Monday, July 31, 2017

But Wait! THIS Summer isn't even over yet! Explore the Colorado Plateau, June 2-17, 2018 (Put it on your calendar now!)

North Rim of Grand Canyon National Park (yes, Gaelyn, we'll be on the North Rim, hope to see you there!)
"Wait!", you are saying, "it's still the summer of 2017! Why are you talking about the summer of 2018?" It's a fair question, and the answer is predicated on an unfortunate truth: our parks are too small and too crowded. If I hope to mount a field studies expedition NEXT summer, I have to start making the reservations right now. That's what I was up to today, and it occurred to me that it's never too early to put something on your calendar. We'd love to have you join us next year, on June 2-17, 2018.

There is no place on this planet like the Colorado Plateau. It's hard to find anyplace else on Earth where the crust remained relatively stable for upwards of a billion years, accumulating several miles of horizontal sediments, only to be lifted up rapidly in the last few million. The Colorado River and her tributaries then stripped away much of the sedimentary cover, and cut deep into the underlying metamorphic rocks, which record a violent geologic history of colliding landmasses and mountain-building. The resulting landscape is one of the most beautiful places imaginable.
Angels Landing Trail in Zion National Park, Utah
The plateau country is a training ground for geologists and earth scientists, and has been since the days of John Wesley Powell and Joseph Ives, who were the first to lead research parties into the region (they didn't "discover" the plateau, of course; Native Americans have known the region for thousands of years). If you are curious about learning geology in this incredible region, you might consider joining us as a student (of any age) on our geology field studies course Geology 191, offered under the auspices of Modesto Junior College in Modesto, California. The course is designed to fulfil the curiosity of lay geologists and archaeologists, but also to build the skills of geology and anthropology majors as well.
Goosenecks of the San Juan River, Utah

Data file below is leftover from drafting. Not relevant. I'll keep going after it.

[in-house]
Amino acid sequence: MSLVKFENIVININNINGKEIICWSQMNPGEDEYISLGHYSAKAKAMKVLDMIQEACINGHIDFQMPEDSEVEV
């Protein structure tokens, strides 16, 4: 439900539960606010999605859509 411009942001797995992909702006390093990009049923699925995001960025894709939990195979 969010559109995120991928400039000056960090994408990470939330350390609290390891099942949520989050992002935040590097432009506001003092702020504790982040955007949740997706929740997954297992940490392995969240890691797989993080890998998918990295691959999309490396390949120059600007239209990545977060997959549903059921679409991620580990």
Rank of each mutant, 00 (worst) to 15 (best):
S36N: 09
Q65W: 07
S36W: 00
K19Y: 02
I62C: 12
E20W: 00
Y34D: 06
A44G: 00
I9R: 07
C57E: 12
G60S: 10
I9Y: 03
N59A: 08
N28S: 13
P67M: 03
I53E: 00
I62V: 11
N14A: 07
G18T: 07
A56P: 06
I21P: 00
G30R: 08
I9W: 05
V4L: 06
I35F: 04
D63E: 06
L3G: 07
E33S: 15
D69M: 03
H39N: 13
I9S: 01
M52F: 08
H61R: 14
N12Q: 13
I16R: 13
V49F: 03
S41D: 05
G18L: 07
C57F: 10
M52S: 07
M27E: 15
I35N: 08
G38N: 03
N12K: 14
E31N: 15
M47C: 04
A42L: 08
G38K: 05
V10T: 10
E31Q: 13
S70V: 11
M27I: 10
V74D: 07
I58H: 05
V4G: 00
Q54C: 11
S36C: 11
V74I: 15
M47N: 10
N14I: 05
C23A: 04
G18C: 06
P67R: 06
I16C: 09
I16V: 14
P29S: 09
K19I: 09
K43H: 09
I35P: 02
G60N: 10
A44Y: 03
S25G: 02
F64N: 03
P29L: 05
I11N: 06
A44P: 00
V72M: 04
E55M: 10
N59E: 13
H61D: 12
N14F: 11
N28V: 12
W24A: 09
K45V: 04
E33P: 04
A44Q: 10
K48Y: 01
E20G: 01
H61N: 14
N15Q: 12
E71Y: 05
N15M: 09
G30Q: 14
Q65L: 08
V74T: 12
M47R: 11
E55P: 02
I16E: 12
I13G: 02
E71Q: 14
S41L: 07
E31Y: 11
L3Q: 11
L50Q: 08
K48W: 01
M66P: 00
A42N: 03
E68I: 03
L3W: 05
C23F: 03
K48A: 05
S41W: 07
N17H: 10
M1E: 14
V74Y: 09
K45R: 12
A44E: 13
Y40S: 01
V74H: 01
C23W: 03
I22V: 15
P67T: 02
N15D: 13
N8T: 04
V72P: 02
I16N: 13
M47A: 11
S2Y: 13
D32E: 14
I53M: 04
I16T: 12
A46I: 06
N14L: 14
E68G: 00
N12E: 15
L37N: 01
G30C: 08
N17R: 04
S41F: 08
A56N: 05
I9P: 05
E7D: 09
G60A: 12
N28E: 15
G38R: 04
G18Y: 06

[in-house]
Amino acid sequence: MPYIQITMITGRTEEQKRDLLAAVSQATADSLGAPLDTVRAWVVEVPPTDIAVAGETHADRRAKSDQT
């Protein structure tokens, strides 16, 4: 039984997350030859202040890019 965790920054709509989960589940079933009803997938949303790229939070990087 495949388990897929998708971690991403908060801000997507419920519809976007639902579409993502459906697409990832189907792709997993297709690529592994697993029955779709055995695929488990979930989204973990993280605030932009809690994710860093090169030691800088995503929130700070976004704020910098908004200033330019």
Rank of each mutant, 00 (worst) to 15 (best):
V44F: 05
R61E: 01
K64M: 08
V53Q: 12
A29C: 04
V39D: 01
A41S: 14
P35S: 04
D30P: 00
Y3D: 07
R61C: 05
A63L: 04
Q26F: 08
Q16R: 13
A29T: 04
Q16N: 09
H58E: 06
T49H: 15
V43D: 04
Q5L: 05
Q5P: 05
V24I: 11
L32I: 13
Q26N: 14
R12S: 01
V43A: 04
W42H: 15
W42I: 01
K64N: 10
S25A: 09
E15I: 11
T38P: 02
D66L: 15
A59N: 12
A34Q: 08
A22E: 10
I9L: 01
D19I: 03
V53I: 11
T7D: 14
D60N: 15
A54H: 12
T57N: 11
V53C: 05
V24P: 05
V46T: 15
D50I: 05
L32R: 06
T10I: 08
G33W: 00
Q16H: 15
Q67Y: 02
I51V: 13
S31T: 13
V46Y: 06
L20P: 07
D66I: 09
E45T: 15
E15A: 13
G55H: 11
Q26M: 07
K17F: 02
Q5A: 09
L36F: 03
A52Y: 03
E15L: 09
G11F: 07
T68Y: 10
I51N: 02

Our field course will be a grand loop through the plateau country, with investigations of the Mojave National Scenic Preserve, Grand Canyon, Zion, Bryce, Arches, Canyonlands, Capitol Reef, Black Canyon of the Gunnison, Mesa Verde and Great Basin National Parks, as well as many monuments, including the new Bear's Ears, Grand Staircase-Escalante, Natural Bridges, Navajo, Hovenweep, Colorado, and state parks like Goblin Valley and Berlin-Ichthyosaur. It will be an unforgettable two week trip from June 2-17, 2018, beginning and ending in Modesto, California. Information can be found soon at my school website at
Black Canyon of the Gunnison National Park in Colorado
It's not a comfortable trip...we travel in school vans (which of course are known for their luxuriousness!), we camp every night, and the days can be hot, windy, cold, stormy, and we are out in the middle of anything that happens. But we are staying in beautiful places each night, and there are even showers and laundry available every third day or so! Extensive hiking is not required, but there will be many chances to explore the parks and monuments that we are visiting.
Double Arch in Arches National Park in Utah
Geology 191 is a 3 semester unit course which will be taught as a dyad with Anthropology 191 (also 3 units). By end of the course, you will be able to see the landscape the way geologists do: by identifying rocks, minerals and fossils, and interpreting the geological history of an area by working out the sequence of events as exposed in outcrops. If you are a science teacher, you will come home with a collection of photographs that illustrate most of the important principles of geology, and a selection of rocks, minerals and fossils that will make a great classroom teaching tool (legally collected, of course; there are many localities outside of protected parks from which to collect samples). The dual nature of the course means that you will also have a mastery of the archaeology of the plateau region, the home of the Ancestral Puebloans, the Fremont people, the Navajo, the Utes, and others.
Canyonlands National Park, Utah
The cost of the trip will be about $850.00 plus the cost of tuition (Currently $46 per unit for California residents, and $222 per unit for out-of-state residents). The cost includes transportation, food, camp fees, and entrance fees. Participants would want to bring a few dollars along for showers, laundry, and souvenirs.  The food is tasty and plentiful (everyone helps cook and clean!), and the school vans...are vans.

For those of you who live in the Modesto region, we are having an organizational meeting in April, towards the end of the spring semester.

If you are not in the area, we will be glad to arrange for transportation from nearby airports and train stations (we actually have an Amtrak station in town). Enrollment can be completed online once you are registered with the college ( Please contact me through the class website if you have any questions.
Bryce Canyon National Park
Hope to see you out there, back of beyond!

Saturday, July 29, 2017